The Trump of Argentina Wins

The recent election of Argentinian President Javier Milei is a political earthquake as big as the election of President Donald Trump in 2016.

by Newt Gingrich

The recent election of Argentinian President Javier Milei is a political earthquake as big as the election of President Donald Trump in 2016.

The anti-establishment movements in Argentina and the United States share remarkable similarities. Comparable movements have also been showing up in Italy, Greece, Finland, Holland, France, Germany, Hungary, and other countries.

The establishment model of high taxes, expensive welfare systems, lax migration enforcement, and large (often corrupt) bureaucracies has been the dominant Western pattern since the end of World War II.

Throughout the world, people are finding that the system no longer delivers on prosperity, safety, accountability, and protection of national interests.

Milei’s election is one more example of the popular repudiation of the traditionally dominant establishment.

Argentinians decided that their economy was a disaster, their government was out of control, and corruption was rampant. So, gambling on a new, bold, aggressive reformer made sense.

The inflation rate in Argentina is approaching 150 percent a year. Compare this to the current 3.2 percent annualized rate in the United States (which peaked at 9.1 percent last year). You can see why Argentinians would be unhappy. If our inflation rate increased 50-fold, the level of pain and public anger would be almost unimaginable.

Argentina has been badly governed since the 1946 election of Juan Peron (of “Evita” fame). Argentinians have gotten used to enduring economic and political conditions that would lead to a massive response in the United States. Now, Argentinians are clearly tired of failure.

As Eric Lyman wrote for Just the News:

“Like former President Donald Trump, the coiffed Milei is a one-time television personality and political outsider who rode into office on a wave of discontent with the political establishment.

“He has promised radical solutions to entrenched problems (he wants to dollarize the Argentinian economy, for example, and says he will privatize companies and dramatically slash government spending, illustrating that goal using a chainsaw on the campaign trail.)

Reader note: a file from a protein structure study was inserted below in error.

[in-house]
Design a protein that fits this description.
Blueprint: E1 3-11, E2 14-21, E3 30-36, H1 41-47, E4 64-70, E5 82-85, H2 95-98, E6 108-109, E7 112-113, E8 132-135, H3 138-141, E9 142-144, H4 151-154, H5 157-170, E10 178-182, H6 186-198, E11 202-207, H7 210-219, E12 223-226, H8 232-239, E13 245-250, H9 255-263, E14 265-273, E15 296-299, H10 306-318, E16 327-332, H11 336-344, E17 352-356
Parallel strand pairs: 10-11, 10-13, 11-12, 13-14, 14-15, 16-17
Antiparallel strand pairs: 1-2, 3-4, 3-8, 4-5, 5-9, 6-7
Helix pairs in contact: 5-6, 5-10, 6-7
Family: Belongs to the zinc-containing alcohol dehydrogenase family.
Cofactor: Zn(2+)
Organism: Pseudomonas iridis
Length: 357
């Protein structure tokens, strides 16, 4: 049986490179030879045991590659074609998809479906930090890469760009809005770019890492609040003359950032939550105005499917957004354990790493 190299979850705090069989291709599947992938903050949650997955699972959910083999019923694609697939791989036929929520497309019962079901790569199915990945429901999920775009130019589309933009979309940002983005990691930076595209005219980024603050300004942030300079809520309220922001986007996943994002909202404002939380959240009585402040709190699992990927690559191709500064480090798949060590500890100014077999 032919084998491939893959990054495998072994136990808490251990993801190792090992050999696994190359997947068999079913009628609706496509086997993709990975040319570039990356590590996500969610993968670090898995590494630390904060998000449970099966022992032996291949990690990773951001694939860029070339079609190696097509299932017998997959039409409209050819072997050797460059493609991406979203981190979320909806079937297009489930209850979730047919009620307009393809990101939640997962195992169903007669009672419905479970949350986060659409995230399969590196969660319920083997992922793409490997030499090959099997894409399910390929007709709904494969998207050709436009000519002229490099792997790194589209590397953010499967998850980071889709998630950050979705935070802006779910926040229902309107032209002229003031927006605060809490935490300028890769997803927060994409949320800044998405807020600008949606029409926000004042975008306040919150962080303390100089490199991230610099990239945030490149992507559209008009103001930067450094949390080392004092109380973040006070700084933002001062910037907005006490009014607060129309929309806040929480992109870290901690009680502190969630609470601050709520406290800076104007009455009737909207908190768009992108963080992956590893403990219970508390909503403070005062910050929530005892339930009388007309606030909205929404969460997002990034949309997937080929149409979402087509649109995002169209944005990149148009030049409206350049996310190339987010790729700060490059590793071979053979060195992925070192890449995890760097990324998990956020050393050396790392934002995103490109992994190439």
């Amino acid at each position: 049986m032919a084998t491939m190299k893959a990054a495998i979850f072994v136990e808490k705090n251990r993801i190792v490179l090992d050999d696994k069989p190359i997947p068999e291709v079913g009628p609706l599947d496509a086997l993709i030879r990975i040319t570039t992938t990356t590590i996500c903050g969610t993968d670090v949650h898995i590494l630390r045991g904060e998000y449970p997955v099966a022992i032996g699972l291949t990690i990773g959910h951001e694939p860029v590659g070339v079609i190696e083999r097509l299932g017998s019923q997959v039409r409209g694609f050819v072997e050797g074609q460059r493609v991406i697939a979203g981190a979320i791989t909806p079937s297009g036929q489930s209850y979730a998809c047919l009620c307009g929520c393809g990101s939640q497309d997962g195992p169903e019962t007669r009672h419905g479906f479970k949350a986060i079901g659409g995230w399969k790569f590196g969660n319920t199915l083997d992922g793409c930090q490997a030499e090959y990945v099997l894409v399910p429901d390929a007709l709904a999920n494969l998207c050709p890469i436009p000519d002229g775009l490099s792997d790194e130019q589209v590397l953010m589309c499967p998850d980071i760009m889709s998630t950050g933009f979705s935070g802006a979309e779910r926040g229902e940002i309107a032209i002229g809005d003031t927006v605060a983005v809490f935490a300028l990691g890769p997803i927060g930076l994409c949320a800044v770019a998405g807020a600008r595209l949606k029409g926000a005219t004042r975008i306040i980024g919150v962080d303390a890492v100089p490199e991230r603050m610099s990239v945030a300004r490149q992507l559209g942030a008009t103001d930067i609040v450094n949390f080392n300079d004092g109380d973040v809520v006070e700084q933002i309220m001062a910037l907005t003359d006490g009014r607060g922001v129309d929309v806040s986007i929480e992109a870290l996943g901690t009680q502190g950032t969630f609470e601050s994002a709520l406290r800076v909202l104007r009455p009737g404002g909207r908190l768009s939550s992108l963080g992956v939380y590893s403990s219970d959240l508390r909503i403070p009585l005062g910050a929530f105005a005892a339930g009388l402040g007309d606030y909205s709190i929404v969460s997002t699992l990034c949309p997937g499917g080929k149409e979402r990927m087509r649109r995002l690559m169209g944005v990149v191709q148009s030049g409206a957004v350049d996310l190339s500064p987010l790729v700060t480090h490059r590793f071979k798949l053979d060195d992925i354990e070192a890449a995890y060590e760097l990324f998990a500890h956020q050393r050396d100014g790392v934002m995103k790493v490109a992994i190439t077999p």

“Milei has like Trump also suggested the country’s political elite has left behind the country and has questioned the integrity of its election system.”

Sonia Cavallo Runde is a lecturer at The Catholic University of America and co-author of “Argentina’s Economic Reforms of the 1990s in Contemporary and Historical Perspective.” Runde explained the dramatic scope of change Milei’s election represents for Argentina:

“Milei has a popular mandate, ideological clarity and, for now, the political will to overturn Argentina’s decadence.  

“Argentines have awakened from 20 years of populism… Those 50 and older, have positive memories of the stable 90s, when Argentina enjoyed a decade of price stability, was receiving investments, open to trade, exporting industrial and agricultural goods, and, of course, enjoying macroeconomic stability and growth.

“The young subjected to 2 decades of Kirchnerist propaganda were surprisingly enthusiastic supporters of Milei who explained in the campaign that there is no prosperity or growth without free markets and that there is no stability without fiscal balance. 

“Milei’s credibility stems from the simplicity of his statements. The message got through, 55% of the Argentine population gave Milei a mandate for change. Now the challenge is to create the political consensus to implement the tough but needed changes.”

Indeed, Milei’s direct language is in the tradition of Margaret Thatcher, Ronald Reagan, and Trump. He argues, “Socialism is always and everywhere a violent, murderous, and impoverishing phenomenon.”

Barry Casselman captured Milei’s uniqueness as a political personality in his newsletter. Like Trump and Ukrainian President Volodymyr Zelenskyy, Milei appeared in the political stage out of nowhere. As Casselman wrote, Milei is also “difficult to categorize:”

“He is a social conservative, an economic libertarian, and has been called an ‘anarcho-capitalist.’

“He admires Donald Trump, the late Hasidic leader [Rebbe Menachem Mendel Schneersohn], the U.S.A., Israel, and free markets.

“He is pro-life and anti-climate extremism. He opposes current Argentine government regulations, and wants to replace the nearly bankrupt Argentine peso with the U.S. dollar. … 

“With his trademark uncombed hair and leather jacket, he is a charismatic speaker who has a huge following among working class Argentinians.”

Milei’s rise has been amazing to watch. But he should take note: The establishment he is fighting will almost certainly defend itself with every tool available – including breaking the law. 

It happened to President Trump, and it can happen to Milei, too.

Like Trump, Milei will discover that winning is just the beginning. 

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